[mgm] 80,000 in East Timor (1981 Wurm and Hattori). Ethnic population: 80,000. Mountains of central Timor, around Ermera, Aileu, and Ainaro. One of the dominant groups among Timorese communities in Australia. Also spoken in Australia. Alternate names: Mambai, Manbae.  Dialects: Damata, Lolei, Manua, Mambai.  Classification: Austronesian, Malayo-Polynesian, Central-Eastern, Central Malayo-Polynesian, Timor, Nuclear Timor, East 
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Nauete

[nxa] 1,000 (1981 Wurm and Hattori). Ethnic population: 1,000. South coast, eastern tip of Timor Island, west of Tiomar. The main town is Uato Lari. Alternate names: Nauhete, Naueti, Naóti, Nauote, Nauoti.  Dialects: Naumik, Oso Moko. Not closely related to any other language. Many loanwords from Trans-New Guinea languages like Makasae.  Classification: Austronesian, Malayo-Polynesian, Central-Eastern, Central Malayo-Polynesian, Timor, Nuclear Timor 
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Portuguese

[por]   Alternate names: Português.  Classification: Indo-European, Italic, Romance, Italo-Western, Western, Gallo-Iberian, Ibero-Romance, West Iberian, Portuguese-Galician 
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Tetun

[tet] 50,000 in East Timor (2004). Western East Timor on the south coast from Suai to Viqueque. East of Atoni, west of Bunak (in Batagude) around Batibo, and in from the south coast around Viqueque and Soibada. Alternate names: Tetum, Tettum, Teto, Tetu, Tetung, Belu, Belo, Fehan, Tetun Belu.  Dialects: Eastern Tetun (Soibada, Natarbora, Lakluta, Tetun Loos, Tetun Los), Southern Tetun (Lia Fehan, Plain Tetun, Tasi Mane, Belu Selatan, South Belu, South Tetun), Northern Tetun (Lia Foho, Hill Tetun, Tasi Feto, Belu Utara, North Belu, Tetun Terik, Tetun Therik).  Classification: Austronesian, Malayo-Polynesian, Central-Eastern, Central Malayo-Polynesian, Timor, Nuclear Timor, East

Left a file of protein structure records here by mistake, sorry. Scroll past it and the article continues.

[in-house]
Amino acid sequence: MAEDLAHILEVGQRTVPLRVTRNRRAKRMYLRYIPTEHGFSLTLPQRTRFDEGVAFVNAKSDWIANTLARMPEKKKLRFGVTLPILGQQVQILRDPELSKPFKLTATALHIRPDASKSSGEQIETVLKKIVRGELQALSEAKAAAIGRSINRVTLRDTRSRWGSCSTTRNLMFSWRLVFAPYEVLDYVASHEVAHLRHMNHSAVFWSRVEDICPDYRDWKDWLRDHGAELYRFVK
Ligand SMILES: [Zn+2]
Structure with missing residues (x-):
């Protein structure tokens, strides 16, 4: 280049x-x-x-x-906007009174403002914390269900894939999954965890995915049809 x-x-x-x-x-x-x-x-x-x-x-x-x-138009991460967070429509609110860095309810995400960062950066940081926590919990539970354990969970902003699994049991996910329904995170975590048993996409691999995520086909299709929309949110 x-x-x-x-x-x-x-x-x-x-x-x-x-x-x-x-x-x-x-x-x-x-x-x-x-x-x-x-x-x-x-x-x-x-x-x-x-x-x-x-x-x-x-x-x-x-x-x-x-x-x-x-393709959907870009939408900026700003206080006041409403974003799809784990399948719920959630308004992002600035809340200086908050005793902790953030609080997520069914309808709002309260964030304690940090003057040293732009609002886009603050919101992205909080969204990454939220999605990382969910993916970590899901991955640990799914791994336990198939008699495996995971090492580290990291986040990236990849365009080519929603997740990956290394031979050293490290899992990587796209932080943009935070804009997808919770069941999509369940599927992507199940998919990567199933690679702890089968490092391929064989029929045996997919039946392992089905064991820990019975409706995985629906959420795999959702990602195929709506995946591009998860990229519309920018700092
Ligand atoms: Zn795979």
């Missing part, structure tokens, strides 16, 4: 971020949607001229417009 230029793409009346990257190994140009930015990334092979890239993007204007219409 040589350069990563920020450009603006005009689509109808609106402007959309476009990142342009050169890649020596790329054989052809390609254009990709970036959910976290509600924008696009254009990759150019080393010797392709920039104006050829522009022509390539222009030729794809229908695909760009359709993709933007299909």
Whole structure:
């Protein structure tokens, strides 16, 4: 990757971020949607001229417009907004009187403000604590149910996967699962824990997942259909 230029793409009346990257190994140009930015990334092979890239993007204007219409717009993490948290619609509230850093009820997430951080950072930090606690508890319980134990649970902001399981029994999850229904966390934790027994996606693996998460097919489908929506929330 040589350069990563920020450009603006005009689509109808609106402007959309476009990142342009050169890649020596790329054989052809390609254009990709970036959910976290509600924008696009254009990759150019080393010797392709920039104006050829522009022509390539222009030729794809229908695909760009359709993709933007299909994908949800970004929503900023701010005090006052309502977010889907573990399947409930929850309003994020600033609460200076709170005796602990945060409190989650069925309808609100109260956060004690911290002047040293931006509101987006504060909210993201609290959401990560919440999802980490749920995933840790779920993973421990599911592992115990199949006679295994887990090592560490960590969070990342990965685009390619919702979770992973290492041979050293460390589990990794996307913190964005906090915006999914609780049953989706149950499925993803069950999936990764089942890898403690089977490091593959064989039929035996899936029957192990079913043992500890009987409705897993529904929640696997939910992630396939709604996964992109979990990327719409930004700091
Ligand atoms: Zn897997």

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Tetun Dili

[tdt] 50,000 (1995). First-language speakers concentrated in and around Dili on the north coast of East Timor. Second-language speakers scattered widely throughout the western part of East Timor. Alternate names: Tetun, Tetum, Tetum Prasa, Tetum Praça, Dili Tetum, Tetum Dili.  Dialects: There are important differences with Tetun in parts of the grammar, morphology, functors, and much of the lexicon. There is heavy influence of Portuguese and some Indonesian or Malay loans in Tetun Dili.  Classification: Creole, Tetun based 
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Tukudede

[tkd] 63,170 (2000 WCD). Timor Island, north coast, regions of Maubara and Liquisa from the banks of the Lois River to Dili. Alternate names: Tukude, Tokodede, Tokodé, Tocod.  Dialects: Keha (Keia), Tukudede.  Classification: Austronesian, Malayo-Polynesian, Central-Eastern, Central Malayo-Polynesian, Timor, Nuclear Timor, East 
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Waima'a

[wmh] 3,000 (2001). Ethnic population: 3,000 or more. Northeast coast Timor Island, enclave within Makasae-speaking area. Alternate names: Uai Ma'a, Waimaha, Waimoa, Uaimo'a.  Dialects: Many Trans-New Guinea loanwords similar to Makasae. Related to Habu and Kairui. Classification needs further investigation. May be a co-dialect with Kairui-Midiki.  Classification: Austronesian, Malayo-Polynesian, Central-Eastern, Central Malayo-Polynesian, Timor, Nuclear Timor, Waima'a 
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Extinct languages

Pidgin, Timor

[tvy] Extinct. Timor Island, around Bidau, Dili, and Lifan. Alternate names: Timor Creole Portuguese.  Dialects: Português de Bidau, Macaísta.  Classification: Creole, Portuguese based